Alzheimer's disease (AD) is the most prevalent form of dementia with large impact on population over the age of 65 years . The most distinctive symptomatic phase during the disease is the decline of the cognition with the loss of synapses [2-5]. In recent years, there is debate on cellular form of PrP (PrPC) and its role in AD as a negative key player or protective modulator in-conjugation with amyloid-β oligomers (AβOs) [6-9]. A recent report published in The Journal of Neuroscience showed the effect of PrPC ablation during the advanced stages of AD . The mice study also demonstrated the onset of pathology and the role of PrPC during the disease progression without disrupting any interlinked pathways. Interestingly, the interaction between PrPC and AβOs appears to be involved in maintaining cognitive impairment in later stages of AD, making it an attractive therapeutic target [10,11].
The mainstream effort in explicating the role of PrPC in AβO-induced synaptic dysfunction is less controversial. Recent reports on AβO-induced pathology emphasizes on the hypothesis that PrPC acts as the major influential receptor, and admitting the presence of other associative risk modulators. Kostylev and colleagues used a PrPC-ELISA (PLISA) to quantify the AβO-PrPC interaction in brain tissue from several mouse models of AD and also healthy and AD human brain [12-14]. This study found that PrPC interacting AβOs are highly correlated with learning and memory deficits in multiple mouse models of AD as defined by PLISA activity . Furthermore, PLISA activity disappeared with PrPC mediated depletion of high-molecular weight AβOs from mouse of the varying mouse models. In multiple mouse models of AD, a high-molecular weight AβO species demonstrated to be responsible for the deficits in learning and memory. While there exists some conflicting evidence, a large body of genetic and biochemical evidence suggest PrPC is the associated receptor for AβO-dependent synaptic deficits.
Our recent research outcomes also demonstrated the interacting proteins of prion protein to elucidate the selective domains capability in slowly and rapidly progressive forms of AD  and PrPC influence on Aβ and 3PO-tau processing . Although AβOs may lead to memory failure through multiple mechanisms , their interactions with PrPC have been shown to mediate aberrant signaling pathways, synapse loss, and cognitive decline in AD models . Binding of AβOs to PrPC recruits Type 5 metabotropic glutamate receptors (mGluR5) to abnormally activate Fyn kinase and impair synapse function [13,18]. These results have elevated the significant demand of whether interfering with AβO-PrPC interactions could mitigate AD phenotypes and rescue memory. Interestingly, endogenous or synthetic ligands of PrPC interrupt AβO-mediated signaling and prevent neurotoxicity in neurons [19,20]. Nonetheless, therapeutic implications and detailed mechanisms linking PrPC to AD progression still remain to be determined.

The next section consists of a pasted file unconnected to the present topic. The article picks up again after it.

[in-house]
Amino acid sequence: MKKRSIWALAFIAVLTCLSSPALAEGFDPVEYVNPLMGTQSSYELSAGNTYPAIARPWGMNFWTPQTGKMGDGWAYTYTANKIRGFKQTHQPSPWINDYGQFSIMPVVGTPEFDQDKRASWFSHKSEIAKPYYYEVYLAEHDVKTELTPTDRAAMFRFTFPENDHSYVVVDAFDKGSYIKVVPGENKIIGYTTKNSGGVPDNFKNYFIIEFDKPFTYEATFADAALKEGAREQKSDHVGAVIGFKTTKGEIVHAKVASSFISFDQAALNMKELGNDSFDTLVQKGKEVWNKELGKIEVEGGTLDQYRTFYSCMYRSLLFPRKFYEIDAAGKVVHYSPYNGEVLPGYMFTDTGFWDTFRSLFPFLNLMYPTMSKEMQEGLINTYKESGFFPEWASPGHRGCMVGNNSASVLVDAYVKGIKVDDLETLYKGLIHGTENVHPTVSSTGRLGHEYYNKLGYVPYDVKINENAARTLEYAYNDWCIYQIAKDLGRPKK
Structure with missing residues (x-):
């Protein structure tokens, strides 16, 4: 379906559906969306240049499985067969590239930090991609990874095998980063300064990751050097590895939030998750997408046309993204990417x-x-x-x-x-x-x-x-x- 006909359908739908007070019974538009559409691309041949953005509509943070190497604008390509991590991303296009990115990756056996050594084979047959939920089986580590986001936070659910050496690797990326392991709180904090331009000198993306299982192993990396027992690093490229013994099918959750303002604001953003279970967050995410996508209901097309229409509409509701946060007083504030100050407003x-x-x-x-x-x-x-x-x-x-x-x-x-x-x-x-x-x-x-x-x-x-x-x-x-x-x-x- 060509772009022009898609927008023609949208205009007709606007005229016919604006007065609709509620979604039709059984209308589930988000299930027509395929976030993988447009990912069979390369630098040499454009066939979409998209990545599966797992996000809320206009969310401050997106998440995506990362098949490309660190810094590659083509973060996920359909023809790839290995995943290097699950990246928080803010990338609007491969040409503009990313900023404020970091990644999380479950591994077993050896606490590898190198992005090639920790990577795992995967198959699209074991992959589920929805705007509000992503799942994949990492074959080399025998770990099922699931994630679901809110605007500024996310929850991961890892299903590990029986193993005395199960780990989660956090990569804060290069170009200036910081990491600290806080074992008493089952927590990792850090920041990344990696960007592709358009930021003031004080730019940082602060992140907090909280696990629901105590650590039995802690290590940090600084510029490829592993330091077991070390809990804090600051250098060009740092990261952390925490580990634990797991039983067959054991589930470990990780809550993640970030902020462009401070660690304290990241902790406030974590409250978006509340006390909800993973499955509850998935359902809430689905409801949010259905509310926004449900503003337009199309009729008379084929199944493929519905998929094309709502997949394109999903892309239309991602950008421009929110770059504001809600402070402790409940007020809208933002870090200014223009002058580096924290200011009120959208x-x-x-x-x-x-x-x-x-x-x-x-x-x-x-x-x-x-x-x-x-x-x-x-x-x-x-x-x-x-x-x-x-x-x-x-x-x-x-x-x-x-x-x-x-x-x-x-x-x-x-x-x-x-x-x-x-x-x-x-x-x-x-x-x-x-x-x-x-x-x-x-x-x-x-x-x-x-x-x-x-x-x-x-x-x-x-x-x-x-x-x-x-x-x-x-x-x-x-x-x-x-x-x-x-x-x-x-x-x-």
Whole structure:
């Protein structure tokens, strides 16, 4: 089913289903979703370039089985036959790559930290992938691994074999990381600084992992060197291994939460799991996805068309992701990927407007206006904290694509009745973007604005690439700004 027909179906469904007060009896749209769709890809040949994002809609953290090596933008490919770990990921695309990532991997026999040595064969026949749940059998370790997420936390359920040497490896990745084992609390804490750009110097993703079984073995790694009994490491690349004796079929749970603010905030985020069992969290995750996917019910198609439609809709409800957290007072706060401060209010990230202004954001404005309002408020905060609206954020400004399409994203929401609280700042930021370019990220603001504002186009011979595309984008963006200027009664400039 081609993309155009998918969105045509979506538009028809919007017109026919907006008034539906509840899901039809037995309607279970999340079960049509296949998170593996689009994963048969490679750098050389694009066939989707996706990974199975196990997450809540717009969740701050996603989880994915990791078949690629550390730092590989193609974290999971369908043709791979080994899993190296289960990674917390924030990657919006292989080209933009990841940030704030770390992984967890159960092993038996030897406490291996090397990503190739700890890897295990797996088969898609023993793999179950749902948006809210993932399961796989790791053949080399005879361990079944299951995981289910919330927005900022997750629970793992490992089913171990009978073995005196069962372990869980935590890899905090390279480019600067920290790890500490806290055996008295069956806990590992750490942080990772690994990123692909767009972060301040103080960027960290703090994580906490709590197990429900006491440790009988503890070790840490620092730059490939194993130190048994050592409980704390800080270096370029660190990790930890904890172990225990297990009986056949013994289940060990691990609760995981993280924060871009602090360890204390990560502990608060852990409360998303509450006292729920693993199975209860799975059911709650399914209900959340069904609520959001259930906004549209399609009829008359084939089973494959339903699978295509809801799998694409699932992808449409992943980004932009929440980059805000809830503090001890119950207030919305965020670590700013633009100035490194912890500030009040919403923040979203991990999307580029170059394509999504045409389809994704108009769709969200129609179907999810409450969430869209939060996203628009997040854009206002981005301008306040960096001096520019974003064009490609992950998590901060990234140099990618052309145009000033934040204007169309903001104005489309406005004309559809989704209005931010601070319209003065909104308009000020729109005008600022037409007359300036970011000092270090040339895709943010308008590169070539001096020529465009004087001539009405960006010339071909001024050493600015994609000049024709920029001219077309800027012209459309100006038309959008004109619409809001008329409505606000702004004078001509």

The interactive association of Aβ modulates the physiological role of many cellular proteins . Many reports demonstrated that the AβOs and PrPC interactions did not necessitate the scrapie form of PrP (PrPSc) conformation and showed 50% reduction of binding of AβOs to neurons after PrP ablation . However, we cannot ignore the presence of other receptors for AβOs. APLP1, 30B, and RAGE emanates with alternative receptors for AβOs but with much lower affinity and selectivity for AβOs [22,23]. Laurén et al. discover that the amino-acid residues 95–110 of PrPC are critical site for Aβ binding . Interestingly, the enzyme α-secretase—which precludes Aβ production by cleaving the Aβ protein precursor within the Aβ domain—also cleaves PrPC between residues 111 and 112 , thus releasing from the membrane the portion of PrPC to which Aβ would otherwise bind. So one way might be the increase of α-secretase activity, to prevent both Aβ production and the activation of downstream mediators by PrPC.
The emerging research outcome and involvement of PrPC drives new queries: How precisely is neuronal plasticity affected by the interaction of Aβ to PrPC? Do AβOs block, increase, or modify PrPC functions? How do these interactive associations between PrP and AβOs employ their effects on neurons and other brain cells such as microglia and astrocytes? Lastly, how can these associations be utilized for clinical relevance and therapeutic potential in AD?
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Last comment on 26 December 2018 by Claudio Russo, PhD